Jakarta EE and Java EE 8 in Liberty

Liberty supports the full Java™ Platform, Enterprise Edition (Java EE) 8, which provides a number of improvements over previous Java EE versions.

Liberty also supports the Jakarta EE Platform (Jakarta EE) 8, which is the migration of Java EE 8 from the Java Community Process to the Eclipse Foundation.

[ and later]WebSphere® Application Server Liberty supports the Jakarta EE Platform (Jakarta EE) 9.1.

[ and later]WebSphere Application Server Liberty supports the Jakarta EE Platform (Jakarta EE) 10.

Benefits of Jakarta EE

Jakarta EE offers a community-driven open source model with more frequent releases than Java EE, enabling it to evolve more quickly to address the needs of modern applications.

The Jakarta EE 8 full platform and Web Profile technologies are based on Java EE 8 technologies. The Jakarta EE 8 specifications are compatible with Java EE 8 specifications.

Open Liberty For more information about Jakarta EE in Liberty, see the Open Liberty guides on Jakarta EE technologies.

[ and later]Jakarta EE 9.1 full platform and web profile technologies support the Jakarta EE 9.1 specifications. Due to changes in the underlying API package names between Jakarta EE 8 and Jakarta 9.1,Liberty features that support Jakarta EE 9.1 are incremented to new version numbers and in some cases have new short names. If you are moving applications from Java EE or a previous version of Jakarta EE to Jakarta EE9.1, you might need to update feature versions or short names in your server.xml file. For more information, see Jakarta EE 9.1 feature updates on the Open Liberty website.

[ and later]Jakarta EE 10 full platform, web profile, and core technologies support the Jakarta EE 10.0 specifications

Benefits of Java EE 8

  • JavaScript Object Notation Binding (JSON-B) 1.0 (JSR 367) is new and builds on the JavaScript Object Notation Processing (JSON-P) specification that was introduced in Java EE 7. This new specification provides a standard way to marshal Java objects to JSON text and to unmarshal Java objects from JSON text.
  • The JSON-P specification adds support for the JSON Pointer and JSON Patch standards in JSON-P 1.1 (JSR-374).
  • The new Security API (JSR 375) defines self-contained security applications that are portable across application servers. These security applications can provide their own implementations to over-ride authentication mechanisms or identity stores.
  • The servlet API adds support for HTTP 2.0 in Servlet 4.0 (JSR 369).
  • The JAX-RS specification adds support for a reactive client, server sent events, out of the box @PATCH method support, the option to specify the executor service, and out of the box JSON-B support. These additions are available in JAX-RS 2.1 (JSR 370).
  • Bean Validation 2.0 (JSR 380) provides an annotation-based model for validating JavaBeans. You can use the specification to assert and maintain the integrity of data as it travels through an application.
  • Contexts and Dependency Injection (CDI) 2.0 (JSR 365) adds support for firing asynchronous events, ordering event observers, using configuration SPIs, using built in annotation literals, and applying interceptors on producers.
  • Deprecation of older technologies

    The following older technologies are optional for Java EE 8: For EJB 3.2 (JSR-345), EJB entity beans and EJB QL that goes with it; JAX-RPC 1.1 (JSR-101); JAXR 1.0 (JSR-93); Java EE Deployment 1.2 (JSR-88).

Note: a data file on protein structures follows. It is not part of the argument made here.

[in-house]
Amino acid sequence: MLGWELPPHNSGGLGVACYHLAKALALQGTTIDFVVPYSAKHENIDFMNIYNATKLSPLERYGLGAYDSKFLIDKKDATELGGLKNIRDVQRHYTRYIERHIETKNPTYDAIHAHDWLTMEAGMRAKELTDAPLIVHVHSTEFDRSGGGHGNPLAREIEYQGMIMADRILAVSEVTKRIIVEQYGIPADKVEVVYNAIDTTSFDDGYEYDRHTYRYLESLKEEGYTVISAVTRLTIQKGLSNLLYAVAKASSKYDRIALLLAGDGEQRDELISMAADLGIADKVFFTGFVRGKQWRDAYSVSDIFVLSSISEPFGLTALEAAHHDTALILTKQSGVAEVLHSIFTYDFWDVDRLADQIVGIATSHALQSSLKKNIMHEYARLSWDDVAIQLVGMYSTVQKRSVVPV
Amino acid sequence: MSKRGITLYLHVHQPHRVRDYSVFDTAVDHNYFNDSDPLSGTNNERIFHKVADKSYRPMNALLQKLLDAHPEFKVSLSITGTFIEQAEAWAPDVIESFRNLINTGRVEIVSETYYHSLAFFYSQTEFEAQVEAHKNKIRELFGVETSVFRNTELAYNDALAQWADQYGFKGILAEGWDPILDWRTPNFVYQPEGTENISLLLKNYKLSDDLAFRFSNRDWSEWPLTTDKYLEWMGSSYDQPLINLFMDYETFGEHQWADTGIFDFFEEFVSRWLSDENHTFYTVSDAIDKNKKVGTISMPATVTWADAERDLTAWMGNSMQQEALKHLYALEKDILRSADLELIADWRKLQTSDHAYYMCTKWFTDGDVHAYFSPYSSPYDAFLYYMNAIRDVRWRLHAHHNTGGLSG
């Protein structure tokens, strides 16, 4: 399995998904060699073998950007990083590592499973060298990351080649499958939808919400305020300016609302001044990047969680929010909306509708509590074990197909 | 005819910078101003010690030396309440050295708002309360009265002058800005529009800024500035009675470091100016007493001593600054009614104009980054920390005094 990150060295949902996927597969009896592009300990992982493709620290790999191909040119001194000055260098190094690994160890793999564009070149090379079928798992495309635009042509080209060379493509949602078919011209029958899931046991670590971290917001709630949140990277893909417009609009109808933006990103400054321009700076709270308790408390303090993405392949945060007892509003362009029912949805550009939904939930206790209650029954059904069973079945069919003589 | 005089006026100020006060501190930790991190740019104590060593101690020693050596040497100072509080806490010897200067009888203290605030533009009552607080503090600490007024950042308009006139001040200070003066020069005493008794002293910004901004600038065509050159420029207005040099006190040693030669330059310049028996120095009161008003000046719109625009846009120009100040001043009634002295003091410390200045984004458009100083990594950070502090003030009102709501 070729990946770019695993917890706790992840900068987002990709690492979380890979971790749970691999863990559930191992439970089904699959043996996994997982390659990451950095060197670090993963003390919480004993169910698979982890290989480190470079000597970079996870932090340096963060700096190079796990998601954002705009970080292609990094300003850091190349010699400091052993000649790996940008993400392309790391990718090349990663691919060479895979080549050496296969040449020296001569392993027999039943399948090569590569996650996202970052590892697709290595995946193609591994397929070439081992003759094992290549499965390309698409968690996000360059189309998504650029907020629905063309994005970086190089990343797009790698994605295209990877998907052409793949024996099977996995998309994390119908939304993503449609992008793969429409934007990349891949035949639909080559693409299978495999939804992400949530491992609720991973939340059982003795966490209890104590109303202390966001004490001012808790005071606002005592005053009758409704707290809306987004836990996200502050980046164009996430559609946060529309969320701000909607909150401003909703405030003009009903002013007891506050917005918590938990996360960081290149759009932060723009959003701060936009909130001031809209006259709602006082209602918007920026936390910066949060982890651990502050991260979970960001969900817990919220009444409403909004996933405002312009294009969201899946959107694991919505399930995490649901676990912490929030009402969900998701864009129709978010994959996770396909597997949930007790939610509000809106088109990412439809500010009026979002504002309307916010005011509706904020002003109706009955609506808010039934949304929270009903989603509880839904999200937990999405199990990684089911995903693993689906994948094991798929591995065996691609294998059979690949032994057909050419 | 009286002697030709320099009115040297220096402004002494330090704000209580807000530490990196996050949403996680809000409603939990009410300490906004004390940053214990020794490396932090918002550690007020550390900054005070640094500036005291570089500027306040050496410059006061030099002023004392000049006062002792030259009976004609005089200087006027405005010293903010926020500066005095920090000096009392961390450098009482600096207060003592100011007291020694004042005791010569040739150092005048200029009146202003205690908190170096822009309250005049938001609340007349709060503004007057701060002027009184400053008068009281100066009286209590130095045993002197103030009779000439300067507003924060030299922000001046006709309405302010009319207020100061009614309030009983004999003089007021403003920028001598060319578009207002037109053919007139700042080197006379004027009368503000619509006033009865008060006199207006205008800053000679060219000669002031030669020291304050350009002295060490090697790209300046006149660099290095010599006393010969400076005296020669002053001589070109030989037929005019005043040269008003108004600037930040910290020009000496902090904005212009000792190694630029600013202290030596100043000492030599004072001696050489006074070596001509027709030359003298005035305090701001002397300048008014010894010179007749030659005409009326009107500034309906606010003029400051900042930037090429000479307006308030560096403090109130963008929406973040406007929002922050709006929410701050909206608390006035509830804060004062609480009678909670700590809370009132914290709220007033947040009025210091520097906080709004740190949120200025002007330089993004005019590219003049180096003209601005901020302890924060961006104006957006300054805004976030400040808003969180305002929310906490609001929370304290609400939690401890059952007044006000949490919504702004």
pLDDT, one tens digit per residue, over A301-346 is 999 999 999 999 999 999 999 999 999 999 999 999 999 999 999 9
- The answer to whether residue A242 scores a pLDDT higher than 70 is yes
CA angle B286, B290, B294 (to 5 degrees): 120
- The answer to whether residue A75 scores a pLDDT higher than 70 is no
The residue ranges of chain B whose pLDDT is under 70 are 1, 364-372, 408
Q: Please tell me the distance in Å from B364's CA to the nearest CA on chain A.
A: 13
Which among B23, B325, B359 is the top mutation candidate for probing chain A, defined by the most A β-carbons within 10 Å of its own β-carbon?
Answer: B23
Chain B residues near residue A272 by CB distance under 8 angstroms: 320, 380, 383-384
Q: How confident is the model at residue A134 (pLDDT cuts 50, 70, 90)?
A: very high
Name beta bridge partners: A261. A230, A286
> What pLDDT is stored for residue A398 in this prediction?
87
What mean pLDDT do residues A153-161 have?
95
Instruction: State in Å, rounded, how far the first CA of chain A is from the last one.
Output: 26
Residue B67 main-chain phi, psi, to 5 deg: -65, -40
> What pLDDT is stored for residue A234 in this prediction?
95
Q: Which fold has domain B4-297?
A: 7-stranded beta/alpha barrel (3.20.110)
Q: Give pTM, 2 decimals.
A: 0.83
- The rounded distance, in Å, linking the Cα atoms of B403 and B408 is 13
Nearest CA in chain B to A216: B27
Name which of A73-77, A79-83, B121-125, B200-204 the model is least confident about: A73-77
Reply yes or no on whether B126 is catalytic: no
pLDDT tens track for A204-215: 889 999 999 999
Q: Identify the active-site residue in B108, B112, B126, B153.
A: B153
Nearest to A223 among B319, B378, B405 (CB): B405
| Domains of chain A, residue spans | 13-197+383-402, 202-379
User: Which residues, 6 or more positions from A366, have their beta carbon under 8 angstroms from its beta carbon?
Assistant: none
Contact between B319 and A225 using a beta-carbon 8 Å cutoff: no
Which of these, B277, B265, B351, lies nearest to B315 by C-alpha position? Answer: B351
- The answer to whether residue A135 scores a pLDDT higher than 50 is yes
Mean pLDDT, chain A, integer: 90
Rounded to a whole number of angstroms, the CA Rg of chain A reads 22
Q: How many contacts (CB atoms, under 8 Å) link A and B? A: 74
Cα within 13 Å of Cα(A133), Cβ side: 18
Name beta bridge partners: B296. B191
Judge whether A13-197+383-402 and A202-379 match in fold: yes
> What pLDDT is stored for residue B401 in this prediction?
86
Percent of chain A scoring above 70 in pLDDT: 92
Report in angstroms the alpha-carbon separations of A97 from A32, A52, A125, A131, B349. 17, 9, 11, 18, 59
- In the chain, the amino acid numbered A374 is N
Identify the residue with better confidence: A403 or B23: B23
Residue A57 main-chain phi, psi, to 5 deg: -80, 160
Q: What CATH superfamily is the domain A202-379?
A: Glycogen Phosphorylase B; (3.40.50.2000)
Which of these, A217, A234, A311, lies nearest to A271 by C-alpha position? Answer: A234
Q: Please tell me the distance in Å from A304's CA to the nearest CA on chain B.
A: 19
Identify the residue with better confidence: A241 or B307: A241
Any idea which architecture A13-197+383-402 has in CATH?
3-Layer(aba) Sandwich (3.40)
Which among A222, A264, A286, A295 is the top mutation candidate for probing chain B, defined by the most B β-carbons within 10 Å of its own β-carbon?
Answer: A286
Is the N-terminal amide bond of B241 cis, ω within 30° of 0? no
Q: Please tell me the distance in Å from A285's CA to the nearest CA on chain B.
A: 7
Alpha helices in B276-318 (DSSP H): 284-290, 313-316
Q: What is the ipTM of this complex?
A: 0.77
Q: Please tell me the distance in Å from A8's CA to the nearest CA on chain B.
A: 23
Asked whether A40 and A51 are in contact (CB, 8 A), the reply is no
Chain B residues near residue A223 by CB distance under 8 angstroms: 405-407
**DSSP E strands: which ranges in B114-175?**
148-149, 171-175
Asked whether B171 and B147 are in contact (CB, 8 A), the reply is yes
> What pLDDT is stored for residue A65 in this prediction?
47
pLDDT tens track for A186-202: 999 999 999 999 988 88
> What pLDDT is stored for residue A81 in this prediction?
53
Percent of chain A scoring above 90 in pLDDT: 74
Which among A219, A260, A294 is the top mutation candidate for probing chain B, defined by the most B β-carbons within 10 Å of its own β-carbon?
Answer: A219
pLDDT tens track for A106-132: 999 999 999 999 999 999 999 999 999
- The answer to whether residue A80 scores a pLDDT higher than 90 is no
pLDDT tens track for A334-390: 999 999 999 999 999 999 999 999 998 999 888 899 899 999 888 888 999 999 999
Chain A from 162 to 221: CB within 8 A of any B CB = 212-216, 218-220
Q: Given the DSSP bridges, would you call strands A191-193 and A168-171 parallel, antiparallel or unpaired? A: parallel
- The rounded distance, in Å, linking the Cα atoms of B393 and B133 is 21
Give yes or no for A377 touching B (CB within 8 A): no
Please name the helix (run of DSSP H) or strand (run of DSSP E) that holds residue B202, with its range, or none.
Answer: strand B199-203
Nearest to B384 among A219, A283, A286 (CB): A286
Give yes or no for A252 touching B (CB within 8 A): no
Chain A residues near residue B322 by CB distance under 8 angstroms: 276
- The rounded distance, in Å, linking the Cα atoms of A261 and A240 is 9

Java EE 8 full platform and Web Profile

The Java EE 8 specification defines the full platform Enterprise Edition. The Web Profile is a properly defined subset of the full platform.

Web Profile
The Web Profile defines a reasonably complete stack that targets "modern" web applications. This stack is a subset of the full platform standard APIs, capable of addressing the needs of most web applications.
Full platform
The full platform defines the full complement of the Java EE programming model. Besides the Web Profile features, the full platform has specifications for advanced business capabilities that an enterprise needs, such as for connectivity, enterprise beans, messaging, and application clients.

You need to consider these definitions when you install Liberty and its available features. Installation options provide the Liberty runtime (kernel) and features that support the full platform or Web Profile. You can choose to install the Liberty kernel with just the Web Profile features or install individual Java EE features to your existing Liberty kernel installation.

You also need to consider the definitions when you deploy applications to a Liberty server. For example, if your Liberty installation supports Web Profile features but your application needs a server that supports enterprise connectivity APIs, you must add full platform features to your Liberty installation or deploy the application to a Liberty installation that has full platform features.

To quickly add support for Java EE to your Liberty server, use either the webProfile-8.0 or javaee-8.0 convenience features in the feature manager of your server configuration; for example:


A third convenience feature, javaeeClient-8.0, is also available to quickly configure an application client component:


Installing a Liberty kernel with Java EE 8 features

The quickest way to install a Liberty runtime with Java EE 8 features is to download a compressed (.zip) file from the Open Liberty download and extract the file into an empty directory. See Installing Liberty using downloaded archives.

You also can install a Liberty runtime with Java EE 8 features by using a developer tool such as WebSphere Application Server Developer Tools for Eclipse. See Installing Liberty Repository assets.

You can add Java EE 8 features to an existing installation by running the featureManager or installUtility command. See Installing Liberty Repository assets.

Resources to help you use Java EE 8 technologies